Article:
26/02/2024 - Isabelle CREMER : The heterogeneity of the lung tumor microenvironment: deciphering the role of respiratory viruses

21 - Février - 2024


Bâtiment Kourilsky - 11h–12h

Salle des Conférences (Rez de Chaussée),

184 rue du Faubourg Saint-Antoine, Paris



The heterogeneity of the lung tumor microenvironment: deciphering the role of respiratory viruses

Isabelle CREMER

PU Sorbonne Université

invitée par l'équipe de Michèle SABBAH


Non-small-cell lung cancer (NSCLC) is characterized by a poor prognosis and is distinguished by a complex and heterogeneous microenvironment (TME), the composition of which significantly influences clinical outcome and response to treatments. Besides tumor cells, the TME comprises cancer-associated fibroblasts (CAFs), endothelial cells, extracellular matrix (ECM), and subsets of immune cells organized in tertiary lymphoid structures (TLS). The heterogeneity observed in the TME is attributed to multiple factors, including genetic and epigenetic diversity, pre-existing inflammatory diseases, and the presence of microbial agents.
In our recent investigation, we have demonstrated that respiratory viral infection with Influenza A virus (IAV) reprograms the TME by acting both on immune and tumor cells. The viral infection not only accelerates tumor growth but also induces resistance to chemotherapy. Mechanistically, IAV impairs tumor-specific T cell responses, induces exhaustion of memory CD8+T cells, and induces PD-L1 expression on tumor cells. Furthermore, IAV infection modulates the transcriptomic profile of the TME towards immunosuppression, carcinogenesis, and drug metabolism.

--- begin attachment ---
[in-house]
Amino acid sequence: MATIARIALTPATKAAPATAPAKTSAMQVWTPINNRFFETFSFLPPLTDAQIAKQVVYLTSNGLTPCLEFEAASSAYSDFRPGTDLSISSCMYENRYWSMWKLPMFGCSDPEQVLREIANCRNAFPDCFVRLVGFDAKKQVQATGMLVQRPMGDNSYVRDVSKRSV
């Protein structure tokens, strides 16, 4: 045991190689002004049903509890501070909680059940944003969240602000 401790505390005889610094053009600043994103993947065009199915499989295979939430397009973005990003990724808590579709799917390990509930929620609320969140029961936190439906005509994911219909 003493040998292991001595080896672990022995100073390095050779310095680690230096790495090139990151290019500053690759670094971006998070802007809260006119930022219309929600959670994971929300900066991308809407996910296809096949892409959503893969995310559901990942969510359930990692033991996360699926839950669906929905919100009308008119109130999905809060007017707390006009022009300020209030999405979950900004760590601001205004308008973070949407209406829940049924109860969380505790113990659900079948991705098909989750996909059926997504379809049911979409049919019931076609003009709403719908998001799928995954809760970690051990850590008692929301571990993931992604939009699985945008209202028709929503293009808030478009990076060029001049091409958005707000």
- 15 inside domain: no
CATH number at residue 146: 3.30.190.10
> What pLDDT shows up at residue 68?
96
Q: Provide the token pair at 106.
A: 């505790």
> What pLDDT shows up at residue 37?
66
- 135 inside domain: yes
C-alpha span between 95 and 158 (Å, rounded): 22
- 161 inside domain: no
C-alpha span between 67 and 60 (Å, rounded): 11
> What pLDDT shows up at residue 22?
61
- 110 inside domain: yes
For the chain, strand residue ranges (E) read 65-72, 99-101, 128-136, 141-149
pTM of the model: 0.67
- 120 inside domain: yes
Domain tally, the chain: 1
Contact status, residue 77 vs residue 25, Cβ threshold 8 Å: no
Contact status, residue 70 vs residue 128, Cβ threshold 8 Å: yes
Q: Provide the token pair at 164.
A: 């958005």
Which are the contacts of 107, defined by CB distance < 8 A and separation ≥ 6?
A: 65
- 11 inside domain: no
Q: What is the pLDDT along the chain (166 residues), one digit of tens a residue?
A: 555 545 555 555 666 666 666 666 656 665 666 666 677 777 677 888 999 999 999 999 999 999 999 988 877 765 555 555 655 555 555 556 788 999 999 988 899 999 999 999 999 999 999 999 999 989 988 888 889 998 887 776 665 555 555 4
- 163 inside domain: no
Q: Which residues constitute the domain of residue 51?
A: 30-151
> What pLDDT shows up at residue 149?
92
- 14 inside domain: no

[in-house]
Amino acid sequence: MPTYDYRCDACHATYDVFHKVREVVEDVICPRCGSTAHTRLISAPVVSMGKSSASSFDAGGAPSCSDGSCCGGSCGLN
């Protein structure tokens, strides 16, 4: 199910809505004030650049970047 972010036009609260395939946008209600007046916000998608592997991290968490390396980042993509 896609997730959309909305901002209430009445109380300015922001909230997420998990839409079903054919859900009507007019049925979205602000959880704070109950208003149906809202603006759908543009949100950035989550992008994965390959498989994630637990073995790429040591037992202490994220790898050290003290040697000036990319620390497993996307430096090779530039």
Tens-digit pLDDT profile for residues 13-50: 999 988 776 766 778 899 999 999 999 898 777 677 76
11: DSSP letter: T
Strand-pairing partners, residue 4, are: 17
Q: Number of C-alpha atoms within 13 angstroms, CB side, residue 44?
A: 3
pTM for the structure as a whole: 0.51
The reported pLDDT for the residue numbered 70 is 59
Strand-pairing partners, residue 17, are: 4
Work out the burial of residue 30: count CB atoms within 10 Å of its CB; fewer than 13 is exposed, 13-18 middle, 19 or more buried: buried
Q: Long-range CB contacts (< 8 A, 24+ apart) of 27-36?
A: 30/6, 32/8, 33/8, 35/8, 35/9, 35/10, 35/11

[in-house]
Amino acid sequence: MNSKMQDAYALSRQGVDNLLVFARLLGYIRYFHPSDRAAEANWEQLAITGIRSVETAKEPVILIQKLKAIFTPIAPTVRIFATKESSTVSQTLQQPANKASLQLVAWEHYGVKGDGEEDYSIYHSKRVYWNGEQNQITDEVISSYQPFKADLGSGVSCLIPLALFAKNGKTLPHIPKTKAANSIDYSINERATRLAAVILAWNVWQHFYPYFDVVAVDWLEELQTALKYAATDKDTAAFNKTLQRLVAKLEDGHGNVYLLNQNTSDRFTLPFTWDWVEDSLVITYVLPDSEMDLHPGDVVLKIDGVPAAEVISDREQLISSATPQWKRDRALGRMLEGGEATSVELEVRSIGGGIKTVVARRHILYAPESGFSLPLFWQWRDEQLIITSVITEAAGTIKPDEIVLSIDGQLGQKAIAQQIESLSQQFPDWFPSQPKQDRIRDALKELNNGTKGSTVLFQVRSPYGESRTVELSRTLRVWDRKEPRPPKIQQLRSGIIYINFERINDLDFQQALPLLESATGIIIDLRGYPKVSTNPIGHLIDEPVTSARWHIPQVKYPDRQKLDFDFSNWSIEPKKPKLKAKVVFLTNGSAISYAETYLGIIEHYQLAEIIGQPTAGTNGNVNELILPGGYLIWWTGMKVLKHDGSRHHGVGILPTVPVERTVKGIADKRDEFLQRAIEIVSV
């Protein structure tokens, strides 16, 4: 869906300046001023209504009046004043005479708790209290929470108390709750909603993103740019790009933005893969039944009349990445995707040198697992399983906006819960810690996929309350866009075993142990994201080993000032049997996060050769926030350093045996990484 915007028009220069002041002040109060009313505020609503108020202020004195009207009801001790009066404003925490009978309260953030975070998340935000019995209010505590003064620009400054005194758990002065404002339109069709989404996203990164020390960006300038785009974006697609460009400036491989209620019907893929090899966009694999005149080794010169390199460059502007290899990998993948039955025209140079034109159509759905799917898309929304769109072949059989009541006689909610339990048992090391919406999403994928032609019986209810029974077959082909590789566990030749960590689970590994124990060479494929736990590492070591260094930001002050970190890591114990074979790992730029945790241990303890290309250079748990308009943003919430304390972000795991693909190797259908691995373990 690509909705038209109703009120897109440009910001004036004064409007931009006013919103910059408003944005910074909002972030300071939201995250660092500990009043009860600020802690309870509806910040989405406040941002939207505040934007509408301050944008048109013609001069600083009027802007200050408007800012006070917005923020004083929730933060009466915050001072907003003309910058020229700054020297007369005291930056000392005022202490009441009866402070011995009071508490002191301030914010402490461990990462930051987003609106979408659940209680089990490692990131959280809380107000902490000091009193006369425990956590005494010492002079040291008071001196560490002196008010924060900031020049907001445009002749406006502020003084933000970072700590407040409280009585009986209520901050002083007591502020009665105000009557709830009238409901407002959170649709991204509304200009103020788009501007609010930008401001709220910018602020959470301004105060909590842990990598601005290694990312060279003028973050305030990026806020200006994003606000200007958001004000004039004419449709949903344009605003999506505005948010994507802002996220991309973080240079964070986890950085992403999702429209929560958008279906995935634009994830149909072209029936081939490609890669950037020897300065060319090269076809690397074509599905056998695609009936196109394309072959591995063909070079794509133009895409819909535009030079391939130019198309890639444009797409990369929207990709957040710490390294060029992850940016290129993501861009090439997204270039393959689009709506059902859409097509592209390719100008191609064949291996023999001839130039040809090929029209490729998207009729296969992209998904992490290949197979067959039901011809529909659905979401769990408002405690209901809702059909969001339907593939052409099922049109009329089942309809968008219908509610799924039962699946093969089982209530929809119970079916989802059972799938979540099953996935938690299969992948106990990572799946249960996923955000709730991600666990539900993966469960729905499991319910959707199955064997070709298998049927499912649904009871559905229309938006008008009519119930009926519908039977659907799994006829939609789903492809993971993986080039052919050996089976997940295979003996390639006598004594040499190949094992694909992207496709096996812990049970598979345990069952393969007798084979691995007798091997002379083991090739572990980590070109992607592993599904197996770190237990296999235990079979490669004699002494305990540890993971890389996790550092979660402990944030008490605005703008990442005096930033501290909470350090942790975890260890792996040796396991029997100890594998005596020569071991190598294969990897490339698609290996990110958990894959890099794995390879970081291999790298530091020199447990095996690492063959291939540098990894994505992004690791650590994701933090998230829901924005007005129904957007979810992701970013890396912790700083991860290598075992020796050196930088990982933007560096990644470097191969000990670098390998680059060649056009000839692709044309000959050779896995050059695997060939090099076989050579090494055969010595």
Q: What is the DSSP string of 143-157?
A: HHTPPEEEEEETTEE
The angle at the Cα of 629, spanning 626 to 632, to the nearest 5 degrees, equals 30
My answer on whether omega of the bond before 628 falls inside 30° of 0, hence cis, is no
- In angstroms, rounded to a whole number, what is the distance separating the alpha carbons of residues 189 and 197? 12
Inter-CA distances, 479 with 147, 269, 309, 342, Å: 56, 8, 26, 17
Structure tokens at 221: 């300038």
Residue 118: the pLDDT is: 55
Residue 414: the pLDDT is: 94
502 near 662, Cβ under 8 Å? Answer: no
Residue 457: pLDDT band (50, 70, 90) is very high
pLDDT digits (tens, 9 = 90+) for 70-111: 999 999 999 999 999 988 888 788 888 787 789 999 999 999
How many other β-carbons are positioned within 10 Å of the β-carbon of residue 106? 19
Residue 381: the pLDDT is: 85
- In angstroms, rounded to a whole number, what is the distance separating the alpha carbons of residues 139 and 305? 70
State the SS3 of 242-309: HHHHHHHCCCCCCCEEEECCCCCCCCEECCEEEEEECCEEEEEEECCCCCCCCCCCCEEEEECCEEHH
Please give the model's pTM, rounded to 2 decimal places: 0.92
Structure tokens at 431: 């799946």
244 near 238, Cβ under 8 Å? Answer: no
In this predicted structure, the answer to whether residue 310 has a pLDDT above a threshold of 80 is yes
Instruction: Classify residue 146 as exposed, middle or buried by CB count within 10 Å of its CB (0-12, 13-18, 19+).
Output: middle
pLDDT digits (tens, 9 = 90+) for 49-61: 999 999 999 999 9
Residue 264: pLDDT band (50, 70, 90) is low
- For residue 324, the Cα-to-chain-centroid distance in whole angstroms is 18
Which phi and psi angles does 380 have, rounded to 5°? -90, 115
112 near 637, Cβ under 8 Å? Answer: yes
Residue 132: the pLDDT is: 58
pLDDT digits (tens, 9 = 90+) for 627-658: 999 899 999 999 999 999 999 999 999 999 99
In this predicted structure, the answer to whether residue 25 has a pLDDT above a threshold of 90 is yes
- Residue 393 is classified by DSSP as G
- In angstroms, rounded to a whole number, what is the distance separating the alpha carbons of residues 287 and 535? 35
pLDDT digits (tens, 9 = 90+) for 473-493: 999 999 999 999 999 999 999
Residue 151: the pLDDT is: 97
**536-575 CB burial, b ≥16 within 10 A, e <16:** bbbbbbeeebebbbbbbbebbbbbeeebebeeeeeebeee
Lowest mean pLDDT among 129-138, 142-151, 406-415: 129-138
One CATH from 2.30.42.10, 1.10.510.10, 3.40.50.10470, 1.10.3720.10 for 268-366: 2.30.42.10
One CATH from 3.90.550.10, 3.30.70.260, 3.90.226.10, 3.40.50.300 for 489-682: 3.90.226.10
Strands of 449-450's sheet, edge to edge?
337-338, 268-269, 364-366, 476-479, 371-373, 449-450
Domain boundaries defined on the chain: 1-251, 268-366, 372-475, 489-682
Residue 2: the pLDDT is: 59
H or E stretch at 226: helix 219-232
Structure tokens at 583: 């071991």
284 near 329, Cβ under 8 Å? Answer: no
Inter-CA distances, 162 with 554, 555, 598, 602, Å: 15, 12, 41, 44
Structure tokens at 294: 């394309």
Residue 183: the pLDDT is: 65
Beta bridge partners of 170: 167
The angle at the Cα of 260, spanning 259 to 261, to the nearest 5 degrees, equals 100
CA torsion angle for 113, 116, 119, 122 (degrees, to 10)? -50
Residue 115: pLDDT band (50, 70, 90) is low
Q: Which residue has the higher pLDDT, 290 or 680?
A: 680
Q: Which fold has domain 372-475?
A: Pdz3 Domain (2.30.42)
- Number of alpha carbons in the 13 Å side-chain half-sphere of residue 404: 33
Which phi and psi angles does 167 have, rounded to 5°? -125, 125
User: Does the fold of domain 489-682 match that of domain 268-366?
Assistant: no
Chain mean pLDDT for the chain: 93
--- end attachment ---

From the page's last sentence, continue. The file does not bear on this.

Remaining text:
In conclusion, our findings underscore the exacerbating impact of IAV infection on the progression of lung tumors, as it actively reshapes the TME towards a more aggressive one.
This enhanced comprehension of the intricate interplay between viral infections and the cancer microenvironment offers promising avenues for developing targeted therapeutic strategies aimed at mitigating the adverse effects of respiratory viruses on NSCLC outcomes.


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Hôpital St-Antoine

Bâtiment Kourilsky
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Sorbonne Université
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